FPL Group Inc. and Constellation Energy officially called off their $31 billion merger Wednesday, several months after it became clear that the companies faced a protracted battle with Maryland legislators and regulators over the transaction.

In June the companies put merger integration activities on hold in response to the political turmoil over Baltimore Gas & Electric’s proposed 72% rate increase, which was subsequently scaled down, and other regulatory and legislative actions (see Daily GPI, April 11). But FPL and Constellation told federal regulators that they eventually intended to complete the merger.

“As we considered the situation in Maryland, we determined the risks and uncertainties were too significant to overcome,” said Constellation CEO Mayo A. Shattuck. “We have tremendous respect for our peers at FPL and believe each company’s future prospects are bright. Constellation Energy has an exceptionally strong stand-alone strategy, and we look forward to executing our business plan and continuing to deliver robust returns to our shareholders.”

The merger would have created a company worth about $31.2 billion (based on current market capitalization) with annual revenues of $26.5 billion and $57 billion in total assets (see Daily GPI, Dec. 20, 2005). The company would have had 5.5 million regulated electric customers at Florida Power & Light and Baltimore Gas & Electric (BGE), along with 625,000 gas customers at BGE, making it the second largest regulated gas and electric utility in the nation. The all-stock “modified merger of equals” would have granted a 15% premium to Constellation shareholders at the time the deal was announced in 2005. FPL shareholders would have owned about 60% of the company with Constellation shareholders winding up with 40%.

“While we at FPL Group certainly are disappointed that we will not complete the merger with Constellation Energy, we continue to have the utmost respect for the company and its leadership team. We remain convinced that both FPL Group and Constellation Energy are two great companies, each with excellent growth prospects,” said FPL Group CEO Lew Hay.

The two companies said they will formally withdraw merger approval applications pending before the Maryland Public Service Commission, the Federal Energy Regulatory Commission and other relevant agencies, as well as legal requests filed with the state of Maryland.

Based on the termination agreement, neither company will pay a termination fee to the other. However, Constellation is barred from entering into a similar merger with another company prior to Sept. 30, 2007. In the event that it does negotiate another merger, Constellation would be required to pay FPL $425 million if the deal takes place prior to June 30, 2007, or $210 million if the merger occurs after July 1, 2007 but no later than Sept. 30. Such a fee would not apply if Constellation spins off its utility business and merges its nonregulated operations with another company, the agreement said. The fee also will not be triggered by the previously announced sale of 3,145 MW of gas-fired power plants to Tenaska (see Daily GPI, Oct. 12).

The cancellation of the FPL-Constellation merger follows a similar break-up of the Exelon-Public Service Enterprise Group merger last month. State regulators and legislators recently have become more aggressive in demanding rate concessions from energy companies because of rising energy costs. Citing “insurmountable hurdles” at the New Jersey Board of Public Utilities, Exelon and PSEG gave formal notice of termination of their merger nearly two years after the deal was first announced.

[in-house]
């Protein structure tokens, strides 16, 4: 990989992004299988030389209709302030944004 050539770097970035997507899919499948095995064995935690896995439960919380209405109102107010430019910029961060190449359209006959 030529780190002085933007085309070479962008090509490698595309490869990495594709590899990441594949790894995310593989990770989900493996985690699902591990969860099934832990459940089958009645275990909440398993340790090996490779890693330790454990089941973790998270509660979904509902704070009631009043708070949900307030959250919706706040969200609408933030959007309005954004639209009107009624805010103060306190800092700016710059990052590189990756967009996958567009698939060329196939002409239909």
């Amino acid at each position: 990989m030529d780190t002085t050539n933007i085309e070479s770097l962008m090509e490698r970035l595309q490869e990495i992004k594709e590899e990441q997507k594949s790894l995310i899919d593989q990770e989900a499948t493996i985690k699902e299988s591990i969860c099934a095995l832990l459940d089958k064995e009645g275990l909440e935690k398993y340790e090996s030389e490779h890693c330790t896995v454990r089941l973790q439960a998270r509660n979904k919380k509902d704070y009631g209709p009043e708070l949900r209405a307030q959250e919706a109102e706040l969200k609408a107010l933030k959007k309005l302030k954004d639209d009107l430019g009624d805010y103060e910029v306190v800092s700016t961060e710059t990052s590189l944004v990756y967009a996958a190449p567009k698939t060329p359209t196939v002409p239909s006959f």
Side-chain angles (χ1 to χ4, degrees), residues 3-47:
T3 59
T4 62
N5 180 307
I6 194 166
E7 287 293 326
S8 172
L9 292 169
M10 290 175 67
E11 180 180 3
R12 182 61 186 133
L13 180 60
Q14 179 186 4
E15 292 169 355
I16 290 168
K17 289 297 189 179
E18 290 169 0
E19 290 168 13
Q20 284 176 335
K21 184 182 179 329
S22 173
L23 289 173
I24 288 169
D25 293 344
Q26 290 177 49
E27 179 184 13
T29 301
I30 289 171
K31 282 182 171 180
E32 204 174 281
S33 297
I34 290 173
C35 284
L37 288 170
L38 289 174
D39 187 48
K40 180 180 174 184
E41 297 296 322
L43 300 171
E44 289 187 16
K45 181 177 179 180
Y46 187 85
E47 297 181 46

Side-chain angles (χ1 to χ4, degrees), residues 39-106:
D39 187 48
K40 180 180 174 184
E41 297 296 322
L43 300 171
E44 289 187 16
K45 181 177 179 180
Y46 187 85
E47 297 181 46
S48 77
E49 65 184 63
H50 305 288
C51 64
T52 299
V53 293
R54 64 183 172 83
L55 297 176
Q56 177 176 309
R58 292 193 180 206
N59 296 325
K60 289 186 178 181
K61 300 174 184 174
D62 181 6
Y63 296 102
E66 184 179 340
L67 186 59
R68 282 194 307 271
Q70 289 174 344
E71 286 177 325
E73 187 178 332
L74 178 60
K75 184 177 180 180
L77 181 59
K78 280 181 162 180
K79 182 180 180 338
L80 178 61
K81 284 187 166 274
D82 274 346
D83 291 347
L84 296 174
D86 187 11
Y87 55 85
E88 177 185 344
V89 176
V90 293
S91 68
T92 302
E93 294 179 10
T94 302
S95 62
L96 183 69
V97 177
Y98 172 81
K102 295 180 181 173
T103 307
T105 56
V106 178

In June, the Maryland General Assembly passed legislation (SB 1) that among other things established standards of review to be applied in the FPL-Constellation merger case (9054). State regulators subsequently filed a motion to suspend the procedural schedule for the merger. Maryland Public Service Commission staff contended that the testimony previously filed in the merger case was incomplete and partially inaccurate due to the change in legal standard and topics for consideration engendered by SB 1.

On June 29, Constellation filed an amended petition, but regulators pressed for a more comprehensive refiling that addressed the stipulations made in the new state law. It became clear to the merger partners that transaction would face a much greater challenge in a second review. The FPL-Constellation deal was under regulatory review for 10 months.

Nevertheless, Merrill Lynch analyst Jonathan Arnold said he was a bit surprised that the two companies did not stick it out. “Although both companies had warned about the strong possibility of the termination, we were somewhat surprised on the timing of the announcement,” said Arnold. “We believe both parties may have concluded that even with a favorable ruling…political obstacles in January may have been insurmountable.”

Arnold noted that some of the reasons from the FPL-Constellation merger termination were similar to the Exelon-PSEG merger cancellation: “state opposition to mergers of integrated companies premised mainly on unregulated benefits. We believe such deals will continue to face state political and regulatory challenges.” As a result, he said companies may end up focusing more on pure unregulated acquisitions to avoid regulatory scrutiny. “This also supports the idea of corporate separation of regulated and unregulated businesses as a precursor to further consolidation,” said Arnold.

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